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Foreign firefighters arrive in Greece for summer wildfire season

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Foreign firefighters arrive in Greece for summer wildfire season

Several dozen Romanian and Bulgarian firefighters took up their posts in Greece on Saturday, the first members of a European force being deployed to the country to provide backup in case of major wildfires during the summer.

More than 200 firefighters and equipment from Bulgaria, France, Germany, Romania, Norway and Finland will be on standby during the hottest months of July and August in Greece, where a spate of wildfires caused devastation last summer.

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A group of 28 Romanian firefighters with eight vehicles, and 16 firefighters from Bulgaria with four vehicles, were the first to arrive for the two-month mission, financed and coordinated under the European Union’s civil protection mechanism.

“We thank you very much for coming to help us during a difficult summer for our country, and for proving that European solidarity is not just theoretical, it’s real,” Greek Civil Protection Minister Christos Stylianides said on Saturday as he welcomed the members of the Romanian mission in Athens.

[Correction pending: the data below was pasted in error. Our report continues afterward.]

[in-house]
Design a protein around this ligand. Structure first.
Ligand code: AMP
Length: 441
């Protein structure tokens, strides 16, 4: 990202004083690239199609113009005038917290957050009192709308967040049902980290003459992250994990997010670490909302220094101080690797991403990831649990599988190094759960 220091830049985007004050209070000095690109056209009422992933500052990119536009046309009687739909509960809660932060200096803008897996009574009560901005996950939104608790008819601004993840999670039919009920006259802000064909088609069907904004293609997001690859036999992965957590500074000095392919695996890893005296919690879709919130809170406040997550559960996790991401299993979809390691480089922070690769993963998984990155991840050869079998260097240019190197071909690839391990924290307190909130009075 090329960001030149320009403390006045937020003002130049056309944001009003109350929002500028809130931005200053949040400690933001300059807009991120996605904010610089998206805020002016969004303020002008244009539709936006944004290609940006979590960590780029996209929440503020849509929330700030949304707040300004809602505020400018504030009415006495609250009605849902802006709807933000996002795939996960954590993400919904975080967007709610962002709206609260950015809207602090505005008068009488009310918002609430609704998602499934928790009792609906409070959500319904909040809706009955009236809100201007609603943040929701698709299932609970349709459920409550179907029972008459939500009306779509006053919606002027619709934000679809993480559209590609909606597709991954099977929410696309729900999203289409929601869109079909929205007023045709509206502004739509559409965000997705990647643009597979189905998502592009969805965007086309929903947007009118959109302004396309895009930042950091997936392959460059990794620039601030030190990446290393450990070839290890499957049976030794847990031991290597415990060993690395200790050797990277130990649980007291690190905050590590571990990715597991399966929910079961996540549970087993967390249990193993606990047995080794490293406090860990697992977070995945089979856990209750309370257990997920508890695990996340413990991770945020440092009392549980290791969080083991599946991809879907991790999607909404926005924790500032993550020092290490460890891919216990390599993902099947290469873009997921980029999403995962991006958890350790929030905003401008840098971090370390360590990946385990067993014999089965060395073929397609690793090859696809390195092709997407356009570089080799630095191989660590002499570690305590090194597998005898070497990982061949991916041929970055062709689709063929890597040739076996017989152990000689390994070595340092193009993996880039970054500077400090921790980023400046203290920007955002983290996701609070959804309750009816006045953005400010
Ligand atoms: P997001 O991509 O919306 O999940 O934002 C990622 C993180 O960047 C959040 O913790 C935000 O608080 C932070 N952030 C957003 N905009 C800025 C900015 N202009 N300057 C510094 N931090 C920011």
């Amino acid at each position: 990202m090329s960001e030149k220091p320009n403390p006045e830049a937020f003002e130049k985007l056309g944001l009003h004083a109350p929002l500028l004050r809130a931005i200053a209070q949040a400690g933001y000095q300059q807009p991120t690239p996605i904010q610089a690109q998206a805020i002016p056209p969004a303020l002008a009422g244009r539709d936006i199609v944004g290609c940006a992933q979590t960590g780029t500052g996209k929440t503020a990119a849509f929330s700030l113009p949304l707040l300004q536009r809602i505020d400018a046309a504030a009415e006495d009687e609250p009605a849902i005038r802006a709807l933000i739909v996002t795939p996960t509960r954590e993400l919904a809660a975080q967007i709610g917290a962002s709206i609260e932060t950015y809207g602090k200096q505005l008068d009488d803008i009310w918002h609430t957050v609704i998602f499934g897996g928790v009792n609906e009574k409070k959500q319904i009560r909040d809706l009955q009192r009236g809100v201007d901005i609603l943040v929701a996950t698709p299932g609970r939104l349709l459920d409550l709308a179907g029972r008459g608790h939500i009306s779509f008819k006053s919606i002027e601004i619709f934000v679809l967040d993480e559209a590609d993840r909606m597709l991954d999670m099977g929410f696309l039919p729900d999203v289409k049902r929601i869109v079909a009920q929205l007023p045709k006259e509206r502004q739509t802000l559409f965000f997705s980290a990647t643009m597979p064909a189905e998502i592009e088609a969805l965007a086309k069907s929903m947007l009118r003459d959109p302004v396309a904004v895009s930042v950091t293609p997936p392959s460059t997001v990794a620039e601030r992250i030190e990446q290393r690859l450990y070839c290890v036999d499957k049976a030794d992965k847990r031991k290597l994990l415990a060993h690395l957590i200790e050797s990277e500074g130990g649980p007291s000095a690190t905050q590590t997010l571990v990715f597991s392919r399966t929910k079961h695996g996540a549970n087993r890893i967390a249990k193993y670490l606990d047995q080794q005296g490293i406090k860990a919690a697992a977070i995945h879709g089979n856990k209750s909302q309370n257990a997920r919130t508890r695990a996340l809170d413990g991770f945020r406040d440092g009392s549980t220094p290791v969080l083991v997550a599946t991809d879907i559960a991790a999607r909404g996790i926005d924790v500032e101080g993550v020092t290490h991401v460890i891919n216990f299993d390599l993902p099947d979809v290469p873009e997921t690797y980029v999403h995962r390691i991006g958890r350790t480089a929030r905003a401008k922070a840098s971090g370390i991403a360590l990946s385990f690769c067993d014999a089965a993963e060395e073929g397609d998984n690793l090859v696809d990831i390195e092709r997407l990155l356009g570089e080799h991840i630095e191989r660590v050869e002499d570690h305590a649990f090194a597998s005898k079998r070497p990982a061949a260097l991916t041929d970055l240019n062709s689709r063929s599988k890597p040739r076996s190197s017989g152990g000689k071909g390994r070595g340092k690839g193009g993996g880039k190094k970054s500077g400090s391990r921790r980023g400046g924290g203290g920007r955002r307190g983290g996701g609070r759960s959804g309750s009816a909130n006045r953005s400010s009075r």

“When things get tough, you will be side by side with our Greek firefighters so we can save lives and property.”

The Bulgarian firefighters have been stationed in Larissa, in central Greece.

Last summer’s wildfires ravaged about 300,000 acres (121,000 hectares) of forest and bushland in different parts of Greece as the country experienced its worst heatwave in 30 years.

Following sharp criticism of its response to the fires, the Greek government set up a new civil protection ministry and promised to boost firefighting capacities.

In Greece’s worst wildfire disaster, 102 people were killed when a blaze tore through the seaside town of Mati and nearby areas close to Athens during the summer of 2018.

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One killed, six injured in shootout between migrant groups in Serbia

One migrant was killed and at least six others, including a teenage girl, were injured Saturday in a shootout between migrant groups in Serbia near the Hungarian border, the state-run RTS television reported.

The 16-year-old girl sustained life threatening injuries in the incident that occurred in a forest in the outskirts of Subotica, some 160 kilometers (100 miles) north of Belgrade, where the injured were hospitalized, RTS reported.

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Police, who made no immediate comment, blocked access to the forest where the incident took place, only around a kilometer from the Hungarian border.

Interior Minister Aleksandar Vulin rushed to the scene.

The injured, aged between 20 and 30, have no documents, Subotica mayor Stevan Bakic told local media.

It is not known what triggered the incident, he added.

Local media reported that the shootout occurred between Afghan and Pakistani migrants most likely over human trafficking from the area to European Union member Hungary.

Serbia lies on the so-called Balkans route used by migrants heading towards Western Europe as they flee war and poverty in the Middle East, Asia and Africa.

Although the route is nowhere as busy as it was during Europe’s migrant crisis in 2015, tens of thousands of illegal migrants still cross the region annually.